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LA marijuana dispensary owner, manager guilty of murder in student’s slaying

The owner of a South Los Angeles marijuana dispensary and the shop’s manager were convicted of first-degree murder  Monday, Feb. 26, for killing an employee before burying his body in the Mojave Desert, where it went undiscovered for nearly two months in 2020.

The Los Angeles Superior Court jury needed less than three hours to convict Ethan Kedar Astaphan, 30, of San Gabriel and Weijia “James” Peng, 34, of Alhambra in the slaying of 21-year-old Juan Carlos Hernandez of Los Angeles on Sept. 22, 2020.

Jurors also found true an allegation that Peng used a deadly weapon, a syringe containing ketamine while committing the crime.

Hernandez was an El Camino College student with plans to follow in his brother’s footsteps and transfer to USC, his mother, Yajaira Hernandez has said.

“I’m sad my son is not coming back,” Hernandez said outside the courtroom following the reading of the verdicts. “I’m glad they got caught and they’ll be paying for what they did. Now we’re just figuring out what’s next and how to heal.”

Yajaira Hernandez filed a missing person’s report with Los Angeles police after noticing her son never came home from work following that Sept. 22 shift. She and other family members made thousands of flyers and distributed them across the city for nearly two months until Juan Hernandez’s body was found by a volunteer and a cadaver dog just off the 15 Freeway, Nov. 15, 2020.

Peng owned the illegally-operating dispensary, VIP Collective LA, in the 8100 block of Western Avenue, and Astaphan managed the shop. They were scheduled to be sentenced on April 25.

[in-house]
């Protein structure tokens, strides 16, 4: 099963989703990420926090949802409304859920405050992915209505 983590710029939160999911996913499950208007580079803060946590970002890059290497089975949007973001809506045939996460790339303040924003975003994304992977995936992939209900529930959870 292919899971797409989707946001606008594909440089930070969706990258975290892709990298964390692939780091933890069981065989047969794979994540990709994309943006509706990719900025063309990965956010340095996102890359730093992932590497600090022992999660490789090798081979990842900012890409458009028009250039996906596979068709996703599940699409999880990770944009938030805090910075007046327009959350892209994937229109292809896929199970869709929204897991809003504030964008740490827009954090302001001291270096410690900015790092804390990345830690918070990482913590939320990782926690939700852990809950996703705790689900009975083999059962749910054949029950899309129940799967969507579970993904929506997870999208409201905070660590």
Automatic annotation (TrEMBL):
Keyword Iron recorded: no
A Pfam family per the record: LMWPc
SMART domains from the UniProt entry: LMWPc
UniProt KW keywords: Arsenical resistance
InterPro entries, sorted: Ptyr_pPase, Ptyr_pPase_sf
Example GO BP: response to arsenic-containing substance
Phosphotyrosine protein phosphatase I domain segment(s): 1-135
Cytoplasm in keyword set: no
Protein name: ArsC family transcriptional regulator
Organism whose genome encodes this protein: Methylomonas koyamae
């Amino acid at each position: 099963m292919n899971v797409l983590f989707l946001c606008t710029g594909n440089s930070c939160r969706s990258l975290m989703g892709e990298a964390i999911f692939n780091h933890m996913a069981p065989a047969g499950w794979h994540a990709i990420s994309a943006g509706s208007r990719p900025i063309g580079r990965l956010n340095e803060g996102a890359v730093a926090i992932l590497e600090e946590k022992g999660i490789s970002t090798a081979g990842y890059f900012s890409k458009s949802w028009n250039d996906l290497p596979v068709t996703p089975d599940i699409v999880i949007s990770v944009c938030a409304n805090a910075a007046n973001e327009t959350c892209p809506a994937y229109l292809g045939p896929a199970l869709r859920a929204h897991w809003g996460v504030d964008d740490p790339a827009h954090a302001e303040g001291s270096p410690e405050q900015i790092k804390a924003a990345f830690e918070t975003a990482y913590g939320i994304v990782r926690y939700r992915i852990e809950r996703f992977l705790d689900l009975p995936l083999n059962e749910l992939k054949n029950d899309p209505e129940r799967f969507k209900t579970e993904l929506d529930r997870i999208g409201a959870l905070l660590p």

Astaphan’s attorney, Larson Hahm, said during closing arguments that he argued for a second-degree murder conviction because circumstantial evidence showed the murder wasn’t pre-planned. Peng’s attorney, Ronald Hedding, declined to disclose his argument to jurors. Closing arguments in the case took place Friday.

Prosecutors argued Astaphan and Peng killed Hernandez because they believed he was stealing money and weed from the dispensary. Prosecutors presented several WhatsApp messages exchanged between Astaphan and Peng in the two days leading up to the murder in which they first discussed firing every employee, then focused on Hernandez after Astaphan claimed he saw the victim making deals for customers during a shift.

Whether Hernandez actually stole anything was not known.

The defendants discussed making an example of Hernandez, with Peng at one point saying he wanted Hernandez “crippled for life,” according to messages presented during opening statements.

The men attacked Hernandez at the end of his shift at the dispensary, Sept. 22, 2020, with video still frames showing Astaphan taking Hernandez down to the floor and putting him into a choke hold while Peng stood above. At some point, Peng injected a lethal dose of ketamine into Hernandez.

The men then loaded Hernandez’s body into the back seat of Astaphan’s SUV and, driven by Peng’s then girlfriend Sonita Heng, took his body out to the desert, burying him in a remote area between Barstow and Baker, prosecutors said.

Astaphan, Peng and Heng returned to the shop around 6 a.m. the following morning, prosecutors said. Surveillance cameras inside the shop showed them cleaning the area where Astaphan had taken Hernandez to the ground.

Cell phone tower pings provided police with the route of travel for Astaphan, Peng and Heng, prosecutors said.

Police arrested Astaphan and Heng in November 2020, after an expert at the Glendale Police Department recovered surveillance stills from deleted video footage on a DVR taken from the dispensary. Peng was extradited back to Los Angeles to face a murder charge in 2022.

Heng took a plea deal with prosecutors in exchange for her testimony during trial. If she was determined to have testified truthfully, she would be sentenced to 112 days in county jail for being an accessory after the fact.

In addition to his studies, Juan Hernandez also ran marathons, played soccer and volleyball and was involved with robotics in high school, Yajaira Hernandez said.

He got a job at the dispensary to pay for his classes after he was laid off from a previous job due to the COVID pandemic, she testified during trial.

“He was very caring and compassionate,” Yajaira Hernandez said. “He was a normal kid, but he was very loved.”

Source: Orange County Register

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